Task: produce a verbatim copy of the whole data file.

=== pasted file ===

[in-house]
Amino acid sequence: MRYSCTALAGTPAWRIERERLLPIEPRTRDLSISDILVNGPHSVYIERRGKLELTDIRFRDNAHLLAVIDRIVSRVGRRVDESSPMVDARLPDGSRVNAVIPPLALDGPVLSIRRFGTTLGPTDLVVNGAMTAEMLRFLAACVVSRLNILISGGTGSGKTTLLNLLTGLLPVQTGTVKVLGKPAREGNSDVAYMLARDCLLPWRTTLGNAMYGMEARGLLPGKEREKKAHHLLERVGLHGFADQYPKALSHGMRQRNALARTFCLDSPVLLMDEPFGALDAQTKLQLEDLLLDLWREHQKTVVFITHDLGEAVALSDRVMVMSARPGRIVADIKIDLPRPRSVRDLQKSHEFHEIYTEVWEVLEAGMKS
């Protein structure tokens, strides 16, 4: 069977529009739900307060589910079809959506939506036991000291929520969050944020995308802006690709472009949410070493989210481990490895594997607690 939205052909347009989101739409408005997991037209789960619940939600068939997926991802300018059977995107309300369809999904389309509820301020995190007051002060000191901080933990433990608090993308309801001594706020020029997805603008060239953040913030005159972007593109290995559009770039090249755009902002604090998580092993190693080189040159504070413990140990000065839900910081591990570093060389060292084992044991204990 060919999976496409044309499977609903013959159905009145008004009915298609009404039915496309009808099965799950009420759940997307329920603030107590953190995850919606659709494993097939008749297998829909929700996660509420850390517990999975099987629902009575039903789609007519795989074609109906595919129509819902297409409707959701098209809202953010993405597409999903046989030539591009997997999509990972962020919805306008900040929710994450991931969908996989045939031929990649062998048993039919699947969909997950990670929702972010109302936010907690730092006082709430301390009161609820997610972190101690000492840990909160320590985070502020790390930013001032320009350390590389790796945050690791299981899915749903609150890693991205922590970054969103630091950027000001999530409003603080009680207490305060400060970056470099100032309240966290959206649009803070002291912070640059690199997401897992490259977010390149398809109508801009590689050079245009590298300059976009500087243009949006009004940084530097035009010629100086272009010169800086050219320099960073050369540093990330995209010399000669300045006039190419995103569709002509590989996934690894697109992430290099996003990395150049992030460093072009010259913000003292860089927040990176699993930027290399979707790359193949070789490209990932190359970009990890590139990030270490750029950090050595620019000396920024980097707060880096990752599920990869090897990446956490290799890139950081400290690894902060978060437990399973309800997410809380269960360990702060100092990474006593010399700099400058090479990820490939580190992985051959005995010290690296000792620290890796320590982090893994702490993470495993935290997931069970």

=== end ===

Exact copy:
[in-house]
Amino acid sequence: MRYSCTALAGTPAWRIERERLLPIEPRTRDLSISDILVNGPHSVYIERRGKLELTDIRFRDNAHLLAVIDRIVSRVGRRVDESSPMVDARLPDGSRVNAVIPPLALDGPVLSIRRFGTTLGPTDLVVNGAMTAEMLRFLAACVVSRLNILISGGTGSGKTTLLNLLTGLLPVQTGTVKVLGKPAREGNSDVAYMLARDCLLPWRTTLGNAMYGMEARGLLPGKEREKKAHHLLERVGLHGFADQYPKALSHGMRQRNALARTFCLDSPVLLMDEPFGALDAQTKLQLEDLLLDLWREHQKTVVFITHDLGEAVALSDRVMVMSARPGRIVADIKIDLPRPRSVRDLQKSHEFHEIYTEVWEVLEAGMKS
């Protein structure tokens, strides 16, 4: 069977529009739900307060589910079809959506939506036991000291929520969050944020995308802006690709472009949410070493989210481990490895594997607690 939205052909347009989101739409408005997991037209789960619940939600068939997926991802300018059977995107309300369809999904389309509820301020995190007051002060000191901080933990433990608090993308309801001594706020020029997805603008060239953040913030005159972007593109290995559009770039090249755009902002604090998580092993190693080189040159504070413990140990000065839900910081591990570093060389060292084992044991204990 060919999976496409044309499977609903013959159905009145008004009915298609009404039915496309009808099965799950009420759940997307329920603030107590953190995850919606659709494993097939008749297998829909929700996660509420850390517990999975099987629902009575039903789609007519795989074609109906595919129509819902297409409707959701098209809202953010993405597409999903046989030539591009997997999509990972962020919805306008900040929710994450991931969908996989045939031929990649062998048993039919699947969909997950990670929702972010109302936010907690730092006082709430301390009161609820997610972190101690000492840990909160320590985070502020790390930013001032320009350390590389790796945050690791299981899915749903609150890693991205922590970054969103630091950027000001999530409003603080009680207490305060400060970056470099100032309240966290959206649009803070002291912070640059690199997401897992490259977010390149398809109508801009590689050079245009590298300059976009500087243009949006009004940084530097035009010629100086272009010169800086050219320099960073050369540093990330995209010399000669300045006039190419995103569709002509590989996934690894697109992430290099996003990395150049992030460093072009010259913000003292860089927040990176699993930027290399979707790359193949070789490209990932190359970009990890590139990030270490750029950090050595620019000396920024980097707060880096990752599920990869090897990446956490290799890139950081400290690894902060978060437990399973309800997410809380269960360990702060100092990474006593010399700099400058090479990820490939580190992985051959005995010290690296000792620290890796320590982090893994702490993470495993935290997931069970």